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What To Consider When Using Liquid Food Coloring To Dye Buttercream

brightly colored cupcakes
brightly colored cupcakes - LauriPatterson/Getty Images

Before you add drops of liquid food coloring to your carefully crafted buttercream frosting, like Tasting Table's Vanilla Buttercream Frosting, there are a few things you should know before turning to this standard option for dyeing desserts. While it may seem like an easy solution for adding a pop of color to your frosting, you might not get the results you want -- depending on the final look you are striving for.

The biggest issue is water. Liquid food coloring is, well, liquid -- meaning you can't use much of it without potentially turning your buttercream into a soupy mess. Because liquid food coloring is primarily water-based, the water and butter, the base of buttercream frosting, don't interact well. The water in liquid food coloring can cause your buttercream to become thin and runny, throwing off the texture and consistency you've worked so hard to achieve -- or even cause it to curdle. And even if you do add plenty of coloring, the resulting color will be softer and more pastel than the vibrant hues you might be aiming for.

Read more: 25 Best Ice Cream Brands Ranked

Use Gel Food Coloring For Vibrant Colors

ombre pink frosting
ombre pink frosting - Mtreasure/Getty Images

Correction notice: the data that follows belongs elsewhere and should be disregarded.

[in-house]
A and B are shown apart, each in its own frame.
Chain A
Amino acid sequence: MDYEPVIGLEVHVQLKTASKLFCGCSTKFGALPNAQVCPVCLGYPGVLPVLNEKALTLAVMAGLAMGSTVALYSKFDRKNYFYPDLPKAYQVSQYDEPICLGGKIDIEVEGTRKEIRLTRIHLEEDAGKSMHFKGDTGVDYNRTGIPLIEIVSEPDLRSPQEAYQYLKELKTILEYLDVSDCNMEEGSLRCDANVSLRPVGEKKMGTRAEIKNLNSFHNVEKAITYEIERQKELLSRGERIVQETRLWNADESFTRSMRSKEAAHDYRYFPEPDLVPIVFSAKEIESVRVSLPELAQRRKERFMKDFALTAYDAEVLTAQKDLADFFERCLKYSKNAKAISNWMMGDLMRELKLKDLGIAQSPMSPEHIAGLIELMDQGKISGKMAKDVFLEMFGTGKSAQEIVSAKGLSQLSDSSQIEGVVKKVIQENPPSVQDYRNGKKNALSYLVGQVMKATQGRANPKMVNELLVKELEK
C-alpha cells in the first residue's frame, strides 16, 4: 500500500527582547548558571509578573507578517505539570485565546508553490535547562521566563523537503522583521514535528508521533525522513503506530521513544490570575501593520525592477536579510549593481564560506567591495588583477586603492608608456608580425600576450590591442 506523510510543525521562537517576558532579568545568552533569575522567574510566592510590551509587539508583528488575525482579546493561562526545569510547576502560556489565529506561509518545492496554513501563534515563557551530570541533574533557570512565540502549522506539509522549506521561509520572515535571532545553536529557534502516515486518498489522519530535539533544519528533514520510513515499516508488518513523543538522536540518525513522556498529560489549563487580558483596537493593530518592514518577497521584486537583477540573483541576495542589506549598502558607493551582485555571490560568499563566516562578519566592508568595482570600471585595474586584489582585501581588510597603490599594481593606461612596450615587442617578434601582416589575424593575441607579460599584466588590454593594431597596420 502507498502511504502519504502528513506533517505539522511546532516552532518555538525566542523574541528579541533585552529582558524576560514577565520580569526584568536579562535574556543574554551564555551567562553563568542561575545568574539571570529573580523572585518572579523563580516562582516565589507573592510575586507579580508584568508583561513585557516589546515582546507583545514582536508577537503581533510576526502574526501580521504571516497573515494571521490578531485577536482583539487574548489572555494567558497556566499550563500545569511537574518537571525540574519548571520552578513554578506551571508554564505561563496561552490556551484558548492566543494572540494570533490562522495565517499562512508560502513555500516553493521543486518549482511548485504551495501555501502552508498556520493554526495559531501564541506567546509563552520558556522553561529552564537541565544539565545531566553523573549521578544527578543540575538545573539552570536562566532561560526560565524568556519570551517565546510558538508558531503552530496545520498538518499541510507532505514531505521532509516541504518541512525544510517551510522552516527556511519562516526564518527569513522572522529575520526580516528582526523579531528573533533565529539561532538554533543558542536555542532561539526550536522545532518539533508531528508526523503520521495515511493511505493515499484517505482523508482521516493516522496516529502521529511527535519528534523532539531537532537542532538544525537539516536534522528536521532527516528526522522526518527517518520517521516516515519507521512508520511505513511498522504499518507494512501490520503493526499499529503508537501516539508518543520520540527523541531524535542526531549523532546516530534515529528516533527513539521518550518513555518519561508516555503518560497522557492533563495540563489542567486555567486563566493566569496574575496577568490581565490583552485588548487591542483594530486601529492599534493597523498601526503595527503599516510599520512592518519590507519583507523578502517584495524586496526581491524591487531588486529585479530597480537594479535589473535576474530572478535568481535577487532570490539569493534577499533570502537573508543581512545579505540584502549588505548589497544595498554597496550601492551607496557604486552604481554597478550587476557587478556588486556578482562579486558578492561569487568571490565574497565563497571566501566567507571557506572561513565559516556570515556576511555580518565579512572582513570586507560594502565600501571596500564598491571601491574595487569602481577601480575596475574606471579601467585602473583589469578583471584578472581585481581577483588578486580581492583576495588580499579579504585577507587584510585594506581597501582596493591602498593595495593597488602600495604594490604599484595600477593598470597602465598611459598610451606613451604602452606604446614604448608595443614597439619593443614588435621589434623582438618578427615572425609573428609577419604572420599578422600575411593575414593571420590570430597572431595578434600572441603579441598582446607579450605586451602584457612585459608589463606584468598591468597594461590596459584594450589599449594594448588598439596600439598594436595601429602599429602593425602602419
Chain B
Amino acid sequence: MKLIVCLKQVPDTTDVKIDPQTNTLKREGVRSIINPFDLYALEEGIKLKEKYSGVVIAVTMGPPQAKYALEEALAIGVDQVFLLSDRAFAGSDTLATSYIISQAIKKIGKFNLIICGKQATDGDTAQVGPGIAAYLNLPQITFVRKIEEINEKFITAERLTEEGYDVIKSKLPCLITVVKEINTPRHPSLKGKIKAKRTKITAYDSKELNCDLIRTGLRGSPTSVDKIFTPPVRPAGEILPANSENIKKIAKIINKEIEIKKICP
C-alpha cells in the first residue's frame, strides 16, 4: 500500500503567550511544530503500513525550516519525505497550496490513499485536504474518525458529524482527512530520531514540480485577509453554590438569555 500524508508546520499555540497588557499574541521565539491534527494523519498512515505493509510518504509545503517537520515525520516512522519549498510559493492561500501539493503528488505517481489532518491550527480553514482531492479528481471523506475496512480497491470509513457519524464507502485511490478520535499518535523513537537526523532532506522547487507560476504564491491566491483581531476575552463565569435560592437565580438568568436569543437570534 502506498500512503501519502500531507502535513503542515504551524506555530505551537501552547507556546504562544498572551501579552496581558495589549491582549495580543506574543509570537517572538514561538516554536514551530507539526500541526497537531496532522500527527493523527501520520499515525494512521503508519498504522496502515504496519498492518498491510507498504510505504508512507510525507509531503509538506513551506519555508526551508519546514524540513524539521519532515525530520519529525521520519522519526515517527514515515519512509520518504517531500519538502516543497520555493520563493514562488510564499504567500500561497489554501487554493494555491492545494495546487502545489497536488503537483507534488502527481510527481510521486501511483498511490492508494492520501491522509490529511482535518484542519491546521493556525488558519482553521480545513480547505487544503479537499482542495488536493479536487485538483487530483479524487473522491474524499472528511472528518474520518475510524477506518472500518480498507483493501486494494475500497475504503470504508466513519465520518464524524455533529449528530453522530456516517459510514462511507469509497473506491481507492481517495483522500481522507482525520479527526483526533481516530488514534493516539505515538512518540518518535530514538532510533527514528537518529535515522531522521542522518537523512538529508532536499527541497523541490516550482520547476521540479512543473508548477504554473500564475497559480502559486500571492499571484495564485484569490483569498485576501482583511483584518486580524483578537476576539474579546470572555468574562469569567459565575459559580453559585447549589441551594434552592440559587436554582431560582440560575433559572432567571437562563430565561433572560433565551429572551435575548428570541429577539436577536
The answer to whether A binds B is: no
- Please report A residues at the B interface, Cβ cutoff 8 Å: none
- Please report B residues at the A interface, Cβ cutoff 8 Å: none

So, what's a baker to do? If you're after brightly colored buttercream that holds its shape and texture, it's best to explore other options. Gel food coloring, for example, offers concentrated color without the excess water — allowing you to achieve bold, vibrant shades with just a small amount of product. You can also use liquid gel food coloring, which has less moisture too.

But if you're determined to use liquid food coloring, there are a few things you can do to minimize the risk. Start by adding the coloring a drop at a time, mixing thoroughly between additions to gauge the intensity of the color. Be prepared to adjust the consistency of your buttercream as needed with additional powdered sugar.

In the end, the choice is yours, but armed with this knowledge, you'll be better equipped to tackle the colorful world of buttercream frosting like a pro. So go ahead, experiment, and don't be afraid to get creative. Just remember: When it comes to liquid food coloring in buttercream, it's best to use small amounts.

Read the original article on Tasting Table